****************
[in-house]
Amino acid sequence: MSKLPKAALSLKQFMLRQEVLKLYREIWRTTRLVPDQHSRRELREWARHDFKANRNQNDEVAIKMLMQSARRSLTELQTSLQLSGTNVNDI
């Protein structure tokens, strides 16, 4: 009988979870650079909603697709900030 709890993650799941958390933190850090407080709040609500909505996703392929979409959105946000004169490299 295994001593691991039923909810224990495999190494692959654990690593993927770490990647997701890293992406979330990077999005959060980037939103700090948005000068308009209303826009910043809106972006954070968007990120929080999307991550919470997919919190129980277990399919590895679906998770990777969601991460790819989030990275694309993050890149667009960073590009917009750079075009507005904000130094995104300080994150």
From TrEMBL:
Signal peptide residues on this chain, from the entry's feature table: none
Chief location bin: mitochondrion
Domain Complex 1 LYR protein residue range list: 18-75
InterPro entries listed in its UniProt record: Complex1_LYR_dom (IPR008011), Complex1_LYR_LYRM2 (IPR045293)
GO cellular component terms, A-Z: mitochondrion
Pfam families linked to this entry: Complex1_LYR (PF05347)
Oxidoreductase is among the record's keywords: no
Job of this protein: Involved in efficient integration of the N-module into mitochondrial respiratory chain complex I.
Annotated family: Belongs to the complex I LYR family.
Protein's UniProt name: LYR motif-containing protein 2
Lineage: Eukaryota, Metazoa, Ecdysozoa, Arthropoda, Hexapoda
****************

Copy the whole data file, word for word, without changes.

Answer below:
[in-house]
Amino acid sequence: MSKLPKAALSLKQFMLRQEVLKLYREIWRTTRLVPDQHSRRELREWARHDFKANRNQNDEVAIKMLMQSARRSLTELQTSLQLSGTNVNDI
């Protein structure tokens, strides 16, 4: 009988979870650079909603697709900030 709890993650799941958390933190850090407080709040609500909505996703392929979409959105946000004169490299 295994001593691991039923909810224990495999190494692959654990690593993927770490990647997701890293992406979330990077999005959060980037939103700090948005000068308009209303826009910043809106972006954070968007990120929080999307991550919470997919919190129980277990399919590895679906998770990777969601991460790819989030990275694309993050890149667009960073590009917009750079075009507005904000130094995104300080994150």
From TrEMBL:
Signal peptide residues on this chain, from the entry's feature table: none
Chief location bin: mitochondrion
Domain Complex 1 LYR protein residue range list: 18-75
InterPro entries listed in its UniProt record: Complex1_LYR_dom (IPR008011), Complex1_LYR_LYRM2 (IPR045293)
GO cellular component terms, A-Z: mitochondrion
Pfam families linked to this entry: Complex1_LYR (PF05347)
Oxidoreductase is among the record's keywords: no
Job of this protein: Involved in efficient integration of the N-module into mitochondrial respiratory chain complex I.
Annotated family: Belongs to the complex I LYR family.
Protein's UniProt name: LYR motif-containing protein 2
Lineage: Eukaryota, Metazoa, Ecdysozoa, Arthropoda, Hexapoda